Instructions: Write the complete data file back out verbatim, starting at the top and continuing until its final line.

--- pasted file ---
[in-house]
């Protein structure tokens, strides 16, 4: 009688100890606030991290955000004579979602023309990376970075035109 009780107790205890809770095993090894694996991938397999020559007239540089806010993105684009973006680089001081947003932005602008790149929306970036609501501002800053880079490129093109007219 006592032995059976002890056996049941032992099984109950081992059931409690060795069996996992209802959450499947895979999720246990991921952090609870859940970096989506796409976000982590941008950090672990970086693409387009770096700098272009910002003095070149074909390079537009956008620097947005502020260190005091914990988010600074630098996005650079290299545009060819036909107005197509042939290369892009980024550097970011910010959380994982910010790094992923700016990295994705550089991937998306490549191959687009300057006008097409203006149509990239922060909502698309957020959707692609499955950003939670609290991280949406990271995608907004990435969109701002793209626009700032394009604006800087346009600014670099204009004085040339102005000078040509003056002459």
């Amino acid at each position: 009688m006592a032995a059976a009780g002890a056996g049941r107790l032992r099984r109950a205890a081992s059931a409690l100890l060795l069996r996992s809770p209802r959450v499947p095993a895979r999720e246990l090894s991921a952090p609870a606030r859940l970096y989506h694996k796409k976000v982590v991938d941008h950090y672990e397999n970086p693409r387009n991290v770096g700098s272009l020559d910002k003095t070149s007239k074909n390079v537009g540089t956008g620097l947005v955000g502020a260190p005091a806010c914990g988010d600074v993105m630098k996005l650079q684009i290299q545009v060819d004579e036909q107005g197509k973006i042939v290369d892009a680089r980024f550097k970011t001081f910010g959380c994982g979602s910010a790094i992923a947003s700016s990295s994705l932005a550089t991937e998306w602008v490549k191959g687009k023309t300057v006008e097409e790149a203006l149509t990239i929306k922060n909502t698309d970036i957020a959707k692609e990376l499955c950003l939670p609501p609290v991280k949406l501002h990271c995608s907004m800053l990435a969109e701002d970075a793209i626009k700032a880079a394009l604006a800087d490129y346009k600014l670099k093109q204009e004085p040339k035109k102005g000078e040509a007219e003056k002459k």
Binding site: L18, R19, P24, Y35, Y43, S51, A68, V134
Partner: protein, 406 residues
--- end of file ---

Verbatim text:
[in-house]
């Protein structure tokens, strides 16, 4: 009688100890606030991290955000004579979602023309990376970075035109 009780107790205890809770095993090894694996991938397999020559007239540089806010993105684009973006680089001081947003932005602008790149929306970036609501501002800053880079490129093109007219 006592032995059976002890056996049941032992099984109950081992059931409690060795069996996992209802959450499947895979999720246990991921952090609870859940970096989506796409976000982590941008950090672990970086693409387009770096700098272009910002003095070149074909390079537009956008620097947005502020260190005091914990988010600074630098996005650079290299545009060819036909107005197509042939290369892009980024550097970011910010959380994982910010790094992923700016990295994705550089991937998306490549191959687009300057006008097409203006149509990239922060909502698309957020959707692609499955950003939670609290991280949406990271995608907004990435969109701002793209626009700032394009604006800087346009600014670099204009004085040339102005000078040509003056002459």
């Amino acid at each position: 009688m006592a032995a059976a009780g002890a056996g049941r107790l032992r099984r109950a205890a081992s059931a409690l100890l060795l069996r996992s809770p209802r959450v499947p095993a895979r999720e246990l090894s991921a952090p609870a606030r859940l970096y989506h694996k796409k976000v982590v991938d941008h950090y672990e397999n970086p693409r387009n991290v770096g700098s272009l020559d910002k003095t070149s007239k074909n390079v537009g540089t956008g620097l947005v955000g502020a260190p005091a806010c914990g988010d600074v993105m630098k996005l650079q684009i290299q545009v060819d004579e036909q107005g197509k973006i042939v290369d892009a680089r980024f550097k970011t001081f910010g959380c994982g979602s910010a790094i992923a947003s700016s990295s994705l932005a550089t991937e998306w602008v490549k191959g687009k023309t300057v006008e097409e790149a203006l149509t990239i929306k922060n909502t698309d970036i957020a959707k692609e990376l499955c950003l939670p609501p609290v991280k949406l501002h990271c995608s907004m800053l990435a969109e701002d970075a793209i626009k700032a880079a394009l604006a800087d490129y346009k600014l670099k093109q204009e004085p040339k035109k102005g000078e040509a007219e003056k002459k």
Binding site: L18, R19, P24, Y35, Y43, S51, A68, V134
Partner: protein, 406 residues